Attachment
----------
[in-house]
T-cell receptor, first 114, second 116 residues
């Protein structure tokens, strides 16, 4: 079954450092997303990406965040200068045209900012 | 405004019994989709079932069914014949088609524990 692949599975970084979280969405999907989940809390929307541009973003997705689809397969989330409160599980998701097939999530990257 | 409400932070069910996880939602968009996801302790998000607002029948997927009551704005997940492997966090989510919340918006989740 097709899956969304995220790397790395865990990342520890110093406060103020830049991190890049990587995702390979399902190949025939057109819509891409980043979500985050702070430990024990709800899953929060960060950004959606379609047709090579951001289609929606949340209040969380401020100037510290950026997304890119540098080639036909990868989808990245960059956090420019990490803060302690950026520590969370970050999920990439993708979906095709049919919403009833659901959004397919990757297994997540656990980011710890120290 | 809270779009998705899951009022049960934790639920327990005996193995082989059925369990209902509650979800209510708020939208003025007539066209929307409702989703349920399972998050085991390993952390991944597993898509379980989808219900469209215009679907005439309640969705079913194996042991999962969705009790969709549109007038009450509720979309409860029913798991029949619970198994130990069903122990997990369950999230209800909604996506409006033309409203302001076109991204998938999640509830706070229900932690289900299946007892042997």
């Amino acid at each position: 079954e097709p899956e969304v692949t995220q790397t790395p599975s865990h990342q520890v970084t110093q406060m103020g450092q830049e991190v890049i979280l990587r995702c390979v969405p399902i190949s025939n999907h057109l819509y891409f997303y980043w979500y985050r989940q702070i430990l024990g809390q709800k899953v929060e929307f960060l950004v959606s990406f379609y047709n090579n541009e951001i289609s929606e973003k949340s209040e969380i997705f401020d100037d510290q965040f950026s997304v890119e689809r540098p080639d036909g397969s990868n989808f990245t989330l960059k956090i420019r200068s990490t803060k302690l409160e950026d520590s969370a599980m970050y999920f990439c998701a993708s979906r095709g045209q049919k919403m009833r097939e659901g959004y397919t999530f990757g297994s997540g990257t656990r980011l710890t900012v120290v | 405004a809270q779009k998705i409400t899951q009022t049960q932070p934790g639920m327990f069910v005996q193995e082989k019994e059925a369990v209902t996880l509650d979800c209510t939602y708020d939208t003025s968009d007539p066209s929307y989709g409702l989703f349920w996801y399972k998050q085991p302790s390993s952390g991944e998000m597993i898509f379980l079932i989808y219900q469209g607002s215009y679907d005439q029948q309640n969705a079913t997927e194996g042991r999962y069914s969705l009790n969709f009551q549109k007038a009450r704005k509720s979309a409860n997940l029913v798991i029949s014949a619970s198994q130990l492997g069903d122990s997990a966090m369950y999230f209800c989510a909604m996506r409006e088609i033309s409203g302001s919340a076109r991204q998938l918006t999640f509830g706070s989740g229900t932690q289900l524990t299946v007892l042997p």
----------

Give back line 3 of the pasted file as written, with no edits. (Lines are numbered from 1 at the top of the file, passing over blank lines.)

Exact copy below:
């Protein structure tokens, strides 16, 4: 079954450092997303990406965040200068045209900012 | 405004019994989709079932069914014949088609524990 692949599975970084979280969405999907989940809390929307541009973003997705689809397969989330409160599980998701097939999530990257 | 409400932070069910996880939602968009996801302790998000607002029948997927009551704005997940492997966090989510919340918006989740 097709899956969304995220790397790395865990990342520890110093406060103020830049991190890049990587995702390979399902190949025939057109819509891409980043979500985050702070430990024990709800899953929060960060950004959606379609047709090579951001289609929606949340209040969380401020100037510290950026997304890119540098080639036909990868989808990245960059956090420019990490803060302690950026520590969370970050999920990439993708979906095709049919919403009833659901959004397919990757297994997540656990980011710890120290 | 809270779009998705899951009022049960934790639920327990005996193995082989059925369990209902509650979800209510708020939208003025007539066209929307409702989703349920399972998050085991390993952390991944597993898509379980989808219900469209215009679907005439309640969705079913194996042991999962969705009790969709549109007038009450509720979309409860029913798991029949619970198994130990069903122990997990369950999230209800909604996506409006033309409203302001076109991204998938999640509830706070229900932690289900299946007892042997």